With charities under unprecedented media interest in recent years, the consequences of not dealing with reputation matters well are myriad. Negative press coverage threatens the faith that the public have in a charity which can result in a significant downturn in donations and affect recruitment and morale. Any charity’s reputation once damaged can be difficult to restore. The resources a charity must commit to responding to media enquiries and to any regulatory inquiry can be significant and is time spent away from pursuing the objectives of the charity.
In the recent case of Secretary of State for Health (“NHS”) v Servier Laboratories Ltd (“Servier”), the Supreme Court considered whether in cases involving loss caused by unlawful means, the unlawful means must have affected a third party's freedom to deal with the claimant. This is known as “the dealing requirement”.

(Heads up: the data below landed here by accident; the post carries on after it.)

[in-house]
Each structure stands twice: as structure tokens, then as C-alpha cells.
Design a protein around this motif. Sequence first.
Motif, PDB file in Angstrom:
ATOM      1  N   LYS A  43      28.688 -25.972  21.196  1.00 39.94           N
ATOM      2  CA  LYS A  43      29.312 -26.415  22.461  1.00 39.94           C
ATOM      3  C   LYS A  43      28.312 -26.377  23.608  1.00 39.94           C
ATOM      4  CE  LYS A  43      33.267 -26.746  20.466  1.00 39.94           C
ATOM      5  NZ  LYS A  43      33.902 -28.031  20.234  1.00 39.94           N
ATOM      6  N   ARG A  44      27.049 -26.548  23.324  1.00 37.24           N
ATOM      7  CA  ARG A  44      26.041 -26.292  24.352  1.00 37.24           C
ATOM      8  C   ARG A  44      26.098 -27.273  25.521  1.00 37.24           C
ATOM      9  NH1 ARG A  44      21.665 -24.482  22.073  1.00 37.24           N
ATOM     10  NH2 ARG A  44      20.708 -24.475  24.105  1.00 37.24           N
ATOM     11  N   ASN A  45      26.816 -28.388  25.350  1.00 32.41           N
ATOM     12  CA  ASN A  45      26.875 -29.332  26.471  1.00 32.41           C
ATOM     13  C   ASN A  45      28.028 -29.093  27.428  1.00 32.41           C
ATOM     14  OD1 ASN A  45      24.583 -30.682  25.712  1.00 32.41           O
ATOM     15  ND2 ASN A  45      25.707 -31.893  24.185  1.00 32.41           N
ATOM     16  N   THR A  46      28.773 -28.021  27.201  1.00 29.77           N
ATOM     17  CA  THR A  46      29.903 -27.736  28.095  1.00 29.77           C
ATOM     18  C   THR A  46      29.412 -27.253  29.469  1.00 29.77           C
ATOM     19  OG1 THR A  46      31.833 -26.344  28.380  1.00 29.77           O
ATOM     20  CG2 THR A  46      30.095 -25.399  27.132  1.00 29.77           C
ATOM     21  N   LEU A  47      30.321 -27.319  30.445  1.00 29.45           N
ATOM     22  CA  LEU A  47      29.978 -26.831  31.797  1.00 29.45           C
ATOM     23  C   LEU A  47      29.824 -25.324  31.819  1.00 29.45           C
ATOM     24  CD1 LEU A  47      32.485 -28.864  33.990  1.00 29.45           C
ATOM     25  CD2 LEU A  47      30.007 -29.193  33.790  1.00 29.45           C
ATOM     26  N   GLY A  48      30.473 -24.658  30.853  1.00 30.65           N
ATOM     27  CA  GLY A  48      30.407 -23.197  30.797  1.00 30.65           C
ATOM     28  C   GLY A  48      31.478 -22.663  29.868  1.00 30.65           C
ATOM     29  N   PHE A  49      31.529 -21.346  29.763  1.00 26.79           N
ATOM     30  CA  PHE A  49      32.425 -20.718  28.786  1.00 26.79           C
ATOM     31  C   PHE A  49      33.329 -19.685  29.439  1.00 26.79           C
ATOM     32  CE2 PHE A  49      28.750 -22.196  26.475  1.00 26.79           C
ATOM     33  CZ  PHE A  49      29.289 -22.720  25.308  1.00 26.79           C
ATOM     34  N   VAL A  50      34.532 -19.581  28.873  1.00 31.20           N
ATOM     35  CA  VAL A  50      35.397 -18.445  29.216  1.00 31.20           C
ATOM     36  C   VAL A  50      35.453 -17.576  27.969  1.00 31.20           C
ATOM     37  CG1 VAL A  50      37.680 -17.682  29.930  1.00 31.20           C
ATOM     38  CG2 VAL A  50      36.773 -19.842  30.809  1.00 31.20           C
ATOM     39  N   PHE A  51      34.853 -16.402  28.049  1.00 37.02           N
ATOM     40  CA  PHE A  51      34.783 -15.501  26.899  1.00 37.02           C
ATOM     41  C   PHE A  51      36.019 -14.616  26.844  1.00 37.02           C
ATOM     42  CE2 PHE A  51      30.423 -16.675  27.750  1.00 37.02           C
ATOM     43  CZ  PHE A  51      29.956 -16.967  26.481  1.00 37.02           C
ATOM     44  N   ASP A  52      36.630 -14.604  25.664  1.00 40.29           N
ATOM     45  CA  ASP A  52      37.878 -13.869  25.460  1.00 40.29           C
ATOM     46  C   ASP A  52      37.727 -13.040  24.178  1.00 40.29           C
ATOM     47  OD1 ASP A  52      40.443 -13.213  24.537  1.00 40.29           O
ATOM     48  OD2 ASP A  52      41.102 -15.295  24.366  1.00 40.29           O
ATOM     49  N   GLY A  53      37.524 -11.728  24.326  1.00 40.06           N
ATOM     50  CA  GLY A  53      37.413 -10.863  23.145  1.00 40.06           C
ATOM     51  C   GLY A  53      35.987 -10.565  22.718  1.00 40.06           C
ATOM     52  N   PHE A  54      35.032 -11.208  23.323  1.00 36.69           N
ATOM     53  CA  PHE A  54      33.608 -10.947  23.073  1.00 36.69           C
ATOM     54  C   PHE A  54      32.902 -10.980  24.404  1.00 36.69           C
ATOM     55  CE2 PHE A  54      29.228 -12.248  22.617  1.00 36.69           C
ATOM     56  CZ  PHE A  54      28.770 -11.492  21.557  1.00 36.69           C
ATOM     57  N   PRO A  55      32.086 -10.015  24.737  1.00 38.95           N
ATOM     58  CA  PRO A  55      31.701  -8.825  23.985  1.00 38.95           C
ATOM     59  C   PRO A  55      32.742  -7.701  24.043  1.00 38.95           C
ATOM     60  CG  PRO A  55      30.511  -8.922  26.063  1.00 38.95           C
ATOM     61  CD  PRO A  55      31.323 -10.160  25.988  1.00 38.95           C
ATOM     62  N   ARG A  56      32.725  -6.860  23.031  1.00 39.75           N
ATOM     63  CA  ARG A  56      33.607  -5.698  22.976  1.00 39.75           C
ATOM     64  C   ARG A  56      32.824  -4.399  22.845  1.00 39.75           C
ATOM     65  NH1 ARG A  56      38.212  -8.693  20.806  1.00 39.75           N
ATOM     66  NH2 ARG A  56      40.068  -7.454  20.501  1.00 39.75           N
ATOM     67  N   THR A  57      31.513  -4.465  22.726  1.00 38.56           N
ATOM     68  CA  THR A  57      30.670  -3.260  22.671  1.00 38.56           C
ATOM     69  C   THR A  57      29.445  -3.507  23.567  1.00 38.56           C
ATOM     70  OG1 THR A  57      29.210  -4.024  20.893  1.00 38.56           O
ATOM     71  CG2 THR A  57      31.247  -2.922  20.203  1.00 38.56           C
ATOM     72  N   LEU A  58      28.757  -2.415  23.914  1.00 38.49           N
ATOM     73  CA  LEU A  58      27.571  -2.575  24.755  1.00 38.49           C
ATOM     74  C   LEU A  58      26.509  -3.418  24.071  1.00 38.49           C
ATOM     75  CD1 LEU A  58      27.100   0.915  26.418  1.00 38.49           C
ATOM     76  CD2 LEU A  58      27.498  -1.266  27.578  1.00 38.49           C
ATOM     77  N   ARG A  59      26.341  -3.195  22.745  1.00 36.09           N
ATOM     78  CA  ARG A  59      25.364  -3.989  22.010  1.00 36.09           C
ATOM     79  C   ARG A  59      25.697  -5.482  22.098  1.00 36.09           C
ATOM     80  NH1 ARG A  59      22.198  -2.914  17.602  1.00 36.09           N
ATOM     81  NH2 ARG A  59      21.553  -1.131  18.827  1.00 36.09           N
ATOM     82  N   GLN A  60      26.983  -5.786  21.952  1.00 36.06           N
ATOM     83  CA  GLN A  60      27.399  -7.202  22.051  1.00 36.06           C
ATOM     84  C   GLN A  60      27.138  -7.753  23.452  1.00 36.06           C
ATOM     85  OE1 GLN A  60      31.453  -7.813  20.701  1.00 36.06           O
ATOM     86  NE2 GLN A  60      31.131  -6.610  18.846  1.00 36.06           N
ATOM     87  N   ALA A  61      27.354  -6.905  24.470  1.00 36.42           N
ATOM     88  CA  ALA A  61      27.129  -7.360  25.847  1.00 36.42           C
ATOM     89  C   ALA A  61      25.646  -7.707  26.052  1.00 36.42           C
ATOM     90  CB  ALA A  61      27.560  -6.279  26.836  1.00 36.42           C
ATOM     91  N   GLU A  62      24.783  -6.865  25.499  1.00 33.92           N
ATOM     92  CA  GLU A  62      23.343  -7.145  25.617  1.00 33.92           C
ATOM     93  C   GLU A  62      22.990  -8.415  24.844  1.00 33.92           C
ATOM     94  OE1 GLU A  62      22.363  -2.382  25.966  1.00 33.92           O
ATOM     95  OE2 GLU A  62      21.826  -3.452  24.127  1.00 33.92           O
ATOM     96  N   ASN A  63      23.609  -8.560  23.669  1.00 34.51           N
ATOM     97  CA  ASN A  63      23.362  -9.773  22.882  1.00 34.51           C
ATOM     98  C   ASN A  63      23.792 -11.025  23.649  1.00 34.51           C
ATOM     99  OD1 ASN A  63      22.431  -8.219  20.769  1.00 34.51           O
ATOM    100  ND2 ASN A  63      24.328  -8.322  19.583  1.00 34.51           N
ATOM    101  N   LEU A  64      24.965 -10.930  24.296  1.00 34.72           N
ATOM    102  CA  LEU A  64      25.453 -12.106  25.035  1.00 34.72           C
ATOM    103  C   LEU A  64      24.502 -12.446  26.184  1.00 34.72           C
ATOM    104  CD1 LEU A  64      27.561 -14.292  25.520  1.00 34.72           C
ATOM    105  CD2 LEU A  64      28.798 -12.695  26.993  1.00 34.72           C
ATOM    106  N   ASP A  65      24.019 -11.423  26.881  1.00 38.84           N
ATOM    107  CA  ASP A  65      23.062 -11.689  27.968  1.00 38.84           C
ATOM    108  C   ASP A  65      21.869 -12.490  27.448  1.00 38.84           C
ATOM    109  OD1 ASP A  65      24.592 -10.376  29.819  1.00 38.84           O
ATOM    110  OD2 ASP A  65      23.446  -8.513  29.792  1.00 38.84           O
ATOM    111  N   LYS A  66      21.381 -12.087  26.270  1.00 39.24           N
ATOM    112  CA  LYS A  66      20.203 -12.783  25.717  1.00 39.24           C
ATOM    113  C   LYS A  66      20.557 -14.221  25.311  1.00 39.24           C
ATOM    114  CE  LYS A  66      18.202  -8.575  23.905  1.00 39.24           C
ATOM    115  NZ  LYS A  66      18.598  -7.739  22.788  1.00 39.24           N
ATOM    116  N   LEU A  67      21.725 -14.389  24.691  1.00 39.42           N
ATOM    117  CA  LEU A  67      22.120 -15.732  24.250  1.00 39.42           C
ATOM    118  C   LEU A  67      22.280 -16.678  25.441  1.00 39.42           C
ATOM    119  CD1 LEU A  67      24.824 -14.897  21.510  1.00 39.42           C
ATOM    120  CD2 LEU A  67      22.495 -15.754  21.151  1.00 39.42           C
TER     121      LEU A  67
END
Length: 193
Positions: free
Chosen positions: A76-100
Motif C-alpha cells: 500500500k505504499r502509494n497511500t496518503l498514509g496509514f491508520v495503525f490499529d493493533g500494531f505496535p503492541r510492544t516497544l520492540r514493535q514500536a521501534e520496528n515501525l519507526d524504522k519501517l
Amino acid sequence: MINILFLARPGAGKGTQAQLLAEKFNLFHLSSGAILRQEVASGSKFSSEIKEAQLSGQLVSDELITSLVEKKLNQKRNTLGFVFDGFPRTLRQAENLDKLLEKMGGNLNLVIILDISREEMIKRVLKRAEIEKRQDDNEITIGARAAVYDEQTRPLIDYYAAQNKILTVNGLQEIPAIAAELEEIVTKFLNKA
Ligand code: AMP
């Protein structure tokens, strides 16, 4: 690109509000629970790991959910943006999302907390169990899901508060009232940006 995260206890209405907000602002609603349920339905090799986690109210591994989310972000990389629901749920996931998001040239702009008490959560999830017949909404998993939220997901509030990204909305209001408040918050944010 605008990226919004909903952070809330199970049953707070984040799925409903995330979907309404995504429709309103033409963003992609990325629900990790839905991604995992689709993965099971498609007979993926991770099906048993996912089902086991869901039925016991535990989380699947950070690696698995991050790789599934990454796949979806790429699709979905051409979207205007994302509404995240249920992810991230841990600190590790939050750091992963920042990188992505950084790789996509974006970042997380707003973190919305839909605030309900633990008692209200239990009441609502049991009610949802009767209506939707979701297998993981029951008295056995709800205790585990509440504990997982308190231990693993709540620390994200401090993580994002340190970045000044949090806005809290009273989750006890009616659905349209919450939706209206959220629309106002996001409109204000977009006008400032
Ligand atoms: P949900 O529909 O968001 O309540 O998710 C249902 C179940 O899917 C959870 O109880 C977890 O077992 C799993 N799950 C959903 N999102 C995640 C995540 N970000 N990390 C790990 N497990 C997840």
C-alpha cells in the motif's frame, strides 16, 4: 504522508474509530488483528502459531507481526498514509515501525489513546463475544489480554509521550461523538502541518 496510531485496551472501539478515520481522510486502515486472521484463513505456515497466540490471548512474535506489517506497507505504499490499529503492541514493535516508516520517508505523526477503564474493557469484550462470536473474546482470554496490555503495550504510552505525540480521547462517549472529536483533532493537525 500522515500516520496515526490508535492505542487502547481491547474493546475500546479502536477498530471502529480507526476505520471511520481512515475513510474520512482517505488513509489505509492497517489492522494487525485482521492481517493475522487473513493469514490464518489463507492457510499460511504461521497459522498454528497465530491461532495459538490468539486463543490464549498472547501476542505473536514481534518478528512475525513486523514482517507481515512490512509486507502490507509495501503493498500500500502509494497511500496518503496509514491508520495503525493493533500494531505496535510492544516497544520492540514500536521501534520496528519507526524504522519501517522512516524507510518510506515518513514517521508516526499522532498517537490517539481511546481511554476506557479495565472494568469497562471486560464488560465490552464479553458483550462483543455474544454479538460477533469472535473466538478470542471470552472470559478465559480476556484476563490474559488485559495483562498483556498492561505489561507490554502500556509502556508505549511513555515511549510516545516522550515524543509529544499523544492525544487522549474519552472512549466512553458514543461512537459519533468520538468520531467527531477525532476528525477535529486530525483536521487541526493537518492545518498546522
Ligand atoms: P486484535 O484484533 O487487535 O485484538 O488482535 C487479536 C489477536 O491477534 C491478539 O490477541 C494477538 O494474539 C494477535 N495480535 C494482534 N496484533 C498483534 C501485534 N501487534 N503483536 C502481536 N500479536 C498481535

Alzheimer’s disease, the most common form of dementia, has been in the spotlight recently given a recent scientific breakthrough with the US approving the first new Alzheimer’s drug in 20 years. Light has also been shed on dementia and assessing testamentary capacity in the recent case of Hughes v Pritchard  EWHC 1580 Ch. In this case, Mr Hughes, who suffered from moderately severe dementia was nevertheless deemed to have capacity at the time of amending his will by his GP, a view supported by a joint medical expert later instructed in the case. Despite this, his will was overturned by the judge on the basis that he did not have the requisite capacity to make the changes to his previous will, which were much more significant than the medical professionals, and indeed Mr Hughes, had appreciated.
The price of Bitcoin and other crypto assets is notoriously unstable. Whether caused by a cryptic crypto related tweet from a billionaire inventor, or a crypto crackdown being announced by regulators of the world’s second largest economy, the rise and fall of crypto assets continues to prove that crypto can be risky business.